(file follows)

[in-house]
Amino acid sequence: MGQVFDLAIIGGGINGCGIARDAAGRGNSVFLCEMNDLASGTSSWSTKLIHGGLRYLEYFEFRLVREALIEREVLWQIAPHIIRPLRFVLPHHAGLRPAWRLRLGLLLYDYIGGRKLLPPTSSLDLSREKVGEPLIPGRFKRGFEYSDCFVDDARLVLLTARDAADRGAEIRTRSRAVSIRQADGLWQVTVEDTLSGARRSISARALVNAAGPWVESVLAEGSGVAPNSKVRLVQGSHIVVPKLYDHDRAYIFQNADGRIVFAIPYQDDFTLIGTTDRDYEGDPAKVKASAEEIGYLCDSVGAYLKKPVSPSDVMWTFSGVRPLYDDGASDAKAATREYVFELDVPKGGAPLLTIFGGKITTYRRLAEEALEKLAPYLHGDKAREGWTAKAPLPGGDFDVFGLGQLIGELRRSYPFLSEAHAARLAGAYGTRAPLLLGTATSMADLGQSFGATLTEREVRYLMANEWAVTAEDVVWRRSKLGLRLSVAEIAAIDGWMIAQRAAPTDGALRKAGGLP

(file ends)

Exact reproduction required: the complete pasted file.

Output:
[in-house]
Amino acid sequence: MGQVFDLAIIGGGINGCGIARDAAGRGNSVFLCEMNDLASGTSSWSTKLIHGGLRYLEYFEFRLVREALIEREVLWQIAPHIIRPLRFVLPHHAGLRPAWRLRLGLLLYDYIGGRKLLPPTSSLDLSREKVGEPLIPGRFKRGFEYSDCFVDDARLVLLTARDAADRGAEIRTRSRAVSIRQADGLWQVTVEDTLSGARRSISARALVNAAGPWVESVLAEGSGVAPNSKVRLVQGSHIVVPKLYDHDRAYIFQNADGRIVFAIPYQDDFTLIGTTDRDYEGDPAKVKASAEEIGYLCDSVGAYLKKPVSPSDVMWTFSGVRPLYDDGASDAKAATREYVFELDVPKGGAPLLTIFGGKITTYRRLAEEALEKLAPYLHGDKAREGWTAKAPLPGGDFDVFGLGQLIGELRRSYPFLSEAHAARLAGAYGTRAPLLLGTATSMADLGQSFGATLTEREVRYLMANEWAVTAEDVVWRRSKLGLRLSVAEIAAIDGWMIAQRAAPTDGALRKAGGLP